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2009 October 11

Every school in Japan holds a school festival. Clubs hold demonstrations and performances or set up booths and sell food or host games. The local community turns out in force to support the kids and their activities.

The festival at the University of Shimane was a little bit bigger deal than that. Clubs sold all kinds of international food; entertainment groups from around Shimane came to perform; contests and flea markets were held; and the whole city came out for their weekend entertainment. Our local CIRs even helped run international activities. Despite being a small school with only one department, 県立大 has a lot of diverse activities and students.


On Saturday, I arrived just in time to catch part of the children’s kagura performance. Many of my students participate in children’s kagura groups, so I’m guessing I knew at least one of the performers, even if I couldn’t recognize them.


The food stands were amazing. Just some of the things being sold: snow cones (“kakigouri”), hot dogs, cotton candy (“watagashi”), tofu donuts, takoyaki, yakisoba, okonomiyaki on a stick, fried chicken, and, of course, Ramune soda. All the booths had the traditional Japanese aggressive salesman attitude in full swing, but I tried to reward the ones that attempted to use English with me by buying their product. 🙂


Some club or other held a drag competition. There were a few women in manly outfits, but mostly very brave men in very fashionable(/stereotypical) women’s clothes. It was pretty funny. When the winner (the guy at the end in the purple shirt) was asked to comment, he said, “I’m embarrassed, but I’m happy.”


The clowning group I saw perform at the festival I volunteered at gave several performances over the weekend. They did a lot with devil sticks, juggling, and Chinese yo-yos, although there seemed to be a competing club doing Chinese yo-yoing.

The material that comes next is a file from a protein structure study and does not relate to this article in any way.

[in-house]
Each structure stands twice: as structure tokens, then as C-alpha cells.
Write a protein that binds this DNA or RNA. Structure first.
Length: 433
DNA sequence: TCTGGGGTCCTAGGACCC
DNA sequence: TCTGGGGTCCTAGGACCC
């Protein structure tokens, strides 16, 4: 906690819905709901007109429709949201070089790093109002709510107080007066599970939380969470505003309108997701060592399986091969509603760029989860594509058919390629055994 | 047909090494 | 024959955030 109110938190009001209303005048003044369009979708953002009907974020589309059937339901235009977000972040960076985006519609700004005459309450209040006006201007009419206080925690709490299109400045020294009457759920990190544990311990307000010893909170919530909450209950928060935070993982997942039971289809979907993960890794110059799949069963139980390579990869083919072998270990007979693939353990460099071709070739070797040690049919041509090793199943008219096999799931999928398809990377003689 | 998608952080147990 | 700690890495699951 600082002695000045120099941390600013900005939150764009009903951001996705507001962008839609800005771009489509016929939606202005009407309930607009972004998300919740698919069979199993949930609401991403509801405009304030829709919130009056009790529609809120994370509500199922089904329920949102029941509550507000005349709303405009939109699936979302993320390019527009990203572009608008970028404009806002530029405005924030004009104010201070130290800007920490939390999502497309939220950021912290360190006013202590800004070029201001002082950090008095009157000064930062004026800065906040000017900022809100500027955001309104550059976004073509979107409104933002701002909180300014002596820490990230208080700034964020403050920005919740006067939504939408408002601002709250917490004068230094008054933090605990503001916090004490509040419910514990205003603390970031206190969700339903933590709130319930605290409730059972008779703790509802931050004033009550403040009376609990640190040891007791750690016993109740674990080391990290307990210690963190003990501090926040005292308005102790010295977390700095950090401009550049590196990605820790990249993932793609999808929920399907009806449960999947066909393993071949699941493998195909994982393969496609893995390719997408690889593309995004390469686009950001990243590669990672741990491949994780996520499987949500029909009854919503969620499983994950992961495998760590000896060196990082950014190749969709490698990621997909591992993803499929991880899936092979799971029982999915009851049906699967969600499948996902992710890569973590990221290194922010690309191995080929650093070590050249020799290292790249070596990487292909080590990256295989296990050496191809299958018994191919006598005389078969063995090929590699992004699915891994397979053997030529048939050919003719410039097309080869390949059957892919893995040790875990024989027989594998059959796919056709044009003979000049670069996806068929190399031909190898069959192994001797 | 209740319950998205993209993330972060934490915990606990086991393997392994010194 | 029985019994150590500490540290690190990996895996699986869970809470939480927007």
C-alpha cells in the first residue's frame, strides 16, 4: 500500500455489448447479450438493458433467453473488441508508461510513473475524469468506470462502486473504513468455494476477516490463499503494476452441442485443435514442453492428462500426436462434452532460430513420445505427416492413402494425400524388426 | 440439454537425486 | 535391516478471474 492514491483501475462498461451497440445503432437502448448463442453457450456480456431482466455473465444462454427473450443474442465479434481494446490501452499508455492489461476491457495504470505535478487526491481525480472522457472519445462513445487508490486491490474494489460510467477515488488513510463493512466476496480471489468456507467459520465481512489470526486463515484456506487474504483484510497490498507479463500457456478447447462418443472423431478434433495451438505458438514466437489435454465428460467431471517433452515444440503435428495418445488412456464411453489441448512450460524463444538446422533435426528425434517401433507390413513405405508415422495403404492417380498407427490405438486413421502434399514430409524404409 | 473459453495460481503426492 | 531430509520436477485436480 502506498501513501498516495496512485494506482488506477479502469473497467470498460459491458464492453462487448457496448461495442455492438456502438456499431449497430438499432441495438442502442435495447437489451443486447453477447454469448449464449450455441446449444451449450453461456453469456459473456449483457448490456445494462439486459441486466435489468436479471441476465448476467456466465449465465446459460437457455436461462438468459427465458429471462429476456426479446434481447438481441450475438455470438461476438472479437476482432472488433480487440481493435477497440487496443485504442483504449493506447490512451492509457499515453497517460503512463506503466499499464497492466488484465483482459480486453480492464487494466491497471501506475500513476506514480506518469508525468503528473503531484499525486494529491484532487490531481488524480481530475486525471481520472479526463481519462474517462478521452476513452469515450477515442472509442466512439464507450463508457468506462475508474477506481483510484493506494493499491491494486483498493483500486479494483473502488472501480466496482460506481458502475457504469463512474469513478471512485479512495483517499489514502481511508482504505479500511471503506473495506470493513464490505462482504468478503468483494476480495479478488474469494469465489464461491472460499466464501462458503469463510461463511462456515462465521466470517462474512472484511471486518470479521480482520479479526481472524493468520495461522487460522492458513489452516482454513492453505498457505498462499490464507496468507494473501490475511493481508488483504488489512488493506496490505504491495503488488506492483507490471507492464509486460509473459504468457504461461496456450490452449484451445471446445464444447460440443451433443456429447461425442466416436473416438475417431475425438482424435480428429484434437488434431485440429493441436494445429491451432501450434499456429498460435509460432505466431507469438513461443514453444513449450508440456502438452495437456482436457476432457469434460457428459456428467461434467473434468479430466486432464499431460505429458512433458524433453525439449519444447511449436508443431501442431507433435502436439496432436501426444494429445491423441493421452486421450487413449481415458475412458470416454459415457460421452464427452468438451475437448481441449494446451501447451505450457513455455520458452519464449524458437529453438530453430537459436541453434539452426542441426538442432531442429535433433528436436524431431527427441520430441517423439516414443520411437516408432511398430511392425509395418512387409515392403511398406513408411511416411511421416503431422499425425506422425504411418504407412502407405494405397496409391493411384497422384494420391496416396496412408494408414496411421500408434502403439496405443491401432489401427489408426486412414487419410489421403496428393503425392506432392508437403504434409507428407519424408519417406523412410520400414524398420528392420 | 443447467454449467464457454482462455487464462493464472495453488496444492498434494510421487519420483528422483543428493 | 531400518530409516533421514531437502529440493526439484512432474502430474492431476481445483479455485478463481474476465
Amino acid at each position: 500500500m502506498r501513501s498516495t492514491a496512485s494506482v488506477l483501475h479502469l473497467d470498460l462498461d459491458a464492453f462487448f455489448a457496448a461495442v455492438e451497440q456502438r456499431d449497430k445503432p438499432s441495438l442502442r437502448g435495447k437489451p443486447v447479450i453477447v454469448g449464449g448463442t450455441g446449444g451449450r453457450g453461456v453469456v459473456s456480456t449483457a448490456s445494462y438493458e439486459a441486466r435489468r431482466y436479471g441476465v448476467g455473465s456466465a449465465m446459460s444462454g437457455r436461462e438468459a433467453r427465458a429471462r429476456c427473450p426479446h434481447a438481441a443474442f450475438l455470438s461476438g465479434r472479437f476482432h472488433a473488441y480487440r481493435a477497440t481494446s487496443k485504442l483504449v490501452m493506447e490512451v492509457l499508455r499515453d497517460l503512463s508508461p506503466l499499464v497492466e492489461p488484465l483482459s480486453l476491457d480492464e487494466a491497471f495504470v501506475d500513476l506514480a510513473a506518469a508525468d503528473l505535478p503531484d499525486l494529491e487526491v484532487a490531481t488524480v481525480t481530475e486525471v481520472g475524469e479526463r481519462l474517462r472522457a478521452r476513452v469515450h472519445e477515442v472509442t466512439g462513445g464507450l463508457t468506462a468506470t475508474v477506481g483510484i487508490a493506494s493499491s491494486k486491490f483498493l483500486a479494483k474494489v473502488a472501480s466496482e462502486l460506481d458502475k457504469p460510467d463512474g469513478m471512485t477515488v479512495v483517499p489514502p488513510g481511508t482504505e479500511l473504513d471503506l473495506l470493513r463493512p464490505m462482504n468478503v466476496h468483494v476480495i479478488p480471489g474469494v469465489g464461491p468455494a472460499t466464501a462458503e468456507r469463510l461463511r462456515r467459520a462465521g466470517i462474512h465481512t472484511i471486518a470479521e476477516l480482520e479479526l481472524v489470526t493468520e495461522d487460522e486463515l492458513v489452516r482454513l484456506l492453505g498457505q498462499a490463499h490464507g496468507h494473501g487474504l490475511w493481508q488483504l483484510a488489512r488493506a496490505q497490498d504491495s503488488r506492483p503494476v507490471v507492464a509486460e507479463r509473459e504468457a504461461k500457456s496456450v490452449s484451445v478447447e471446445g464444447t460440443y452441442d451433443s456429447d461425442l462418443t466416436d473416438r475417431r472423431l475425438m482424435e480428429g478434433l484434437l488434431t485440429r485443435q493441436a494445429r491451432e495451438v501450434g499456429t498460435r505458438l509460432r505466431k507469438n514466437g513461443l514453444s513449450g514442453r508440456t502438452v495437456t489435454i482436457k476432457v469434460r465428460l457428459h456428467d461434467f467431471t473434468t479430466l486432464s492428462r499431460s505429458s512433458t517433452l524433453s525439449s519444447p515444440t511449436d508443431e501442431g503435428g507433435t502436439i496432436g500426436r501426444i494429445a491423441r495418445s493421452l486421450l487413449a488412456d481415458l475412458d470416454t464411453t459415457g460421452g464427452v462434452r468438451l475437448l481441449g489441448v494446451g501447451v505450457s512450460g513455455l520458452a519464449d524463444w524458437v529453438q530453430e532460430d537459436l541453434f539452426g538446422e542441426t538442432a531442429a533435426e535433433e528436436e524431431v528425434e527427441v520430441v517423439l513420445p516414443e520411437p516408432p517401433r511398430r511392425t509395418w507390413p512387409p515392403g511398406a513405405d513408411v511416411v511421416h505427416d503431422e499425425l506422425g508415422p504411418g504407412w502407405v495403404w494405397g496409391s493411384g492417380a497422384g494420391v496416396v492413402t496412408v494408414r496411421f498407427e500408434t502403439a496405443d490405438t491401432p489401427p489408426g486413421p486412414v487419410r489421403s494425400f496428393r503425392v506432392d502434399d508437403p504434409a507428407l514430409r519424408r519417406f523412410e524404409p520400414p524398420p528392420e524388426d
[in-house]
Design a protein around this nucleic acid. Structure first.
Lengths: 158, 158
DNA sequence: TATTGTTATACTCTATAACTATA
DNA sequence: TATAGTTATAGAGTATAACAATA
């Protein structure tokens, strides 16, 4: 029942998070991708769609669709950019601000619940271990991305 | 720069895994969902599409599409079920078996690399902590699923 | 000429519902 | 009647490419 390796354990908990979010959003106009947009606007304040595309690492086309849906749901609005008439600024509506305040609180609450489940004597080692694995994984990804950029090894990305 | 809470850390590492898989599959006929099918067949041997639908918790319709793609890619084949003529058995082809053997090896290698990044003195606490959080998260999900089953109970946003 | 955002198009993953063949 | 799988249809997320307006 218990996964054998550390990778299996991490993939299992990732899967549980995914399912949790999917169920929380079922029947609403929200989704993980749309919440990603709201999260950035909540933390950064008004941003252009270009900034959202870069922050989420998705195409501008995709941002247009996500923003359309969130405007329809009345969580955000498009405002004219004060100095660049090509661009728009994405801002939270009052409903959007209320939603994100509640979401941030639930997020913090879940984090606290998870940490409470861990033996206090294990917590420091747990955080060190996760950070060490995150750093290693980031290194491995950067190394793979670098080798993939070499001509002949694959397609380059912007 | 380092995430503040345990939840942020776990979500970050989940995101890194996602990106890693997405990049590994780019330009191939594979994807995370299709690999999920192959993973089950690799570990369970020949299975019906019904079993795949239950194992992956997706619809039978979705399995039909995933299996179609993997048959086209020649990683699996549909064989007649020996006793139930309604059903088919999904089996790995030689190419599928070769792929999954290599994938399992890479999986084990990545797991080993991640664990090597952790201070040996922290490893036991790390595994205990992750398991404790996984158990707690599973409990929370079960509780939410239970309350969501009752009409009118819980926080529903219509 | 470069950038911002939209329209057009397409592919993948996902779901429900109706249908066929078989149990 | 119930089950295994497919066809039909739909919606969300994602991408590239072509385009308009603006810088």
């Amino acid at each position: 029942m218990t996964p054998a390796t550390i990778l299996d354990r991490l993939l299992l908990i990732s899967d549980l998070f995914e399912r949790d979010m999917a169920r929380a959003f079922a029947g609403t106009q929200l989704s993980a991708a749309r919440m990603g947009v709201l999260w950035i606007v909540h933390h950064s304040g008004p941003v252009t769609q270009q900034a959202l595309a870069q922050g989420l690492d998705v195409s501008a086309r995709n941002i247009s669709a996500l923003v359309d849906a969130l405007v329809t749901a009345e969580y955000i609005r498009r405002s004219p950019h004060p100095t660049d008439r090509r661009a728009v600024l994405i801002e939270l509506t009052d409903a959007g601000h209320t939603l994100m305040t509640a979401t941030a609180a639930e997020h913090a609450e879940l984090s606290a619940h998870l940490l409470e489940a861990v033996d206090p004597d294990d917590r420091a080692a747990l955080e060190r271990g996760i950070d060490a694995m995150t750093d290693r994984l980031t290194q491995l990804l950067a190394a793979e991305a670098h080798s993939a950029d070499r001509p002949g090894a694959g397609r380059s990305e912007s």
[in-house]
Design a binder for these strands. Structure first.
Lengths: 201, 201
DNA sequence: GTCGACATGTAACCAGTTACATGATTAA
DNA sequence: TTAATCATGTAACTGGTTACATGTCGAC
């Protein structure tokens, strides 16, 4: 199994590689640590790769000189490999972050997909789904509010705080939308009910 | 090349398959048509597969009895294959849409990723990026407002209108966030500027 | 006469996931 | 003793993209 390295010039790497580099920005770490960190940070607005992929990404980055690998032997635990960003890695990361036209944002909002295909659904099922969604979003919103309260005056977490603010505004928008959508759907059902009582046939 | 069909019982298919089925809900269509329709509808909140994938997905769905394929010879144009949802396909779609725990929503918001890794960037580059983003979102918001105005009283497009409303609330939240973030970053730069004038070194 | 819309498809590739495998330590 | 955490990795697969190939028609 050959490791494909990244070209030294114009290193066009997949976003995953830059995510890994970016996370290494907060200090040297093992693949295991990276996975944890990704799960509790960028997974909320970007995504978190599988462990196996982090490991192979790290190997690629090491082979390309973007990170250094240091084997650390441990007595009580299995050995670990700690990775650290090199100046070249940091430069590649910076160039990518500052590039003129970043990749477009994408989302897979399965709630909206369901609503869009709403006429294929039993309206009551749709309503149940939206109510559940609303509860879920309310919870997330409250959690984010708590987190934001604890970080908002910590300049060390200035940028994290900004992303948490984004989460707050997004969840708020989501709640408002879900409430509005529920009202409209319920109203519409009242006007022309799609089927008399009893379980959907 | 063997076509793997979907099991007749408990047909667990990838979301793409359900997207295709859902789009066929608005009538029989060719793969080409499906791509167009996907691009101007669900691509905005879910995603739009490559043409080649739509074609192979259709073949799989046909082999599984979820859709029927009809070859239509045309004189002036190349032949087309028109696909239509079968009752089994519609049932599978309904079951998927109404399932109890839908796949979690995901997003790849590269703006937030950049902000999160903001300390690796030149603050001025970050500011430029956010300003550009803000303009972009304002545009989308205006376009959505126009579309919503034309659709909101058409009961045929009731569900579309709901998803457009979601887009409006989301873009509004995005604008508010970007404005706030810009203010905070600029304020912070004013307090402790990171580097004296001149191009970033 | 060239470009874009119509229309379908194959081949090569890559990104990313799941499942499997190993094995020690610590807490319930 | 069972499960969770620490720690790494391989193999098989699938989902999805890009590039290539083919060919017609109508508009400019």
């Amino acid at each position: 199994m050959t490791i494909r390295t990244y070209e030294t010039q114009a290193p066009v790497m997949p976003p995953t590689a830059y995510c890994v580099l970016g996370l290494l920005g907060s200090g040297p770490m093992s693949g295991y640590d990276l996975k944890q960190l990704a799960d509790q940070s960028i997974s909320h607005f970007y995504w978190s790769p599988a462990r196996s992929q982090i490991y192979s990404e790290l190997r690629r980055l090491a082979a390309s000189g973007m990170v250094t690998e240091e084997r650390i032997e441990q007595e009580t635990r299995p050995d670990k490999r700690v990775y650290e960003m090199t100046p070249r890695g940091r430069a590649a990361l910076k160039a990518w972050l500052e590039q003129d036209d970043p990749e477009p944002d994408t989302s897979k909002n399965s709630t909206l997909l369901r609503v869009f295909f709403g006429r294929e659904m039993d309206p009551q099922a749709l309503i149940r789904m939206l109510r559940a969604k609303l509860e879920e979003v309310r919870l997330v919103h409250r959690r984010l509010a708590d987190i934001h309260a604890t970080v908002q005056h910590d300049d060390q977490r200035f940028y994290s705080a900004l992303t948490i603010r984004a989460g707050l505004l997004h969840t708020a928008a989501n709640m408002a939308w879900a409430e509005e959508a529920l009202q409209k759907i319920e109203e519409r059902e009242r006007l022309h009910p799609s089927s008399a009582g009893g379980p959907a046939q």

Chinese yo-yo is pretty incredible. The yo-yo is a large wooden hyperbola that balances on a string held between two sticks. Performers build up speed by whipping the string back and forth and then perform tricks that involve keeping the yo-yo on the string in crazy positions or throwing the yo-yo and catching it on the string.


Sunday afternoon’s highlight was a taiko group, which might have been from Izumo. There was a Westerner in it, too, and it was impressive to watch him play the largest drum by literally swinging a bat at it. The female members of the group were also impressive; I loved the way they marked the beat before a note with small, sharp kiai.


The final event of the festival was a quiz game for the audience. In Japan a circle, or “maru”, means yes, and an X, or “batsu”, means no. This kind of game is thus generally called a “maru-batsu quiz”. We play this in my classes when learning the structure “I like~”; I hold up a picture card, and my kids have to move to the maru or batsu side of the classroom to guess whether or not I like that thing before asking me.

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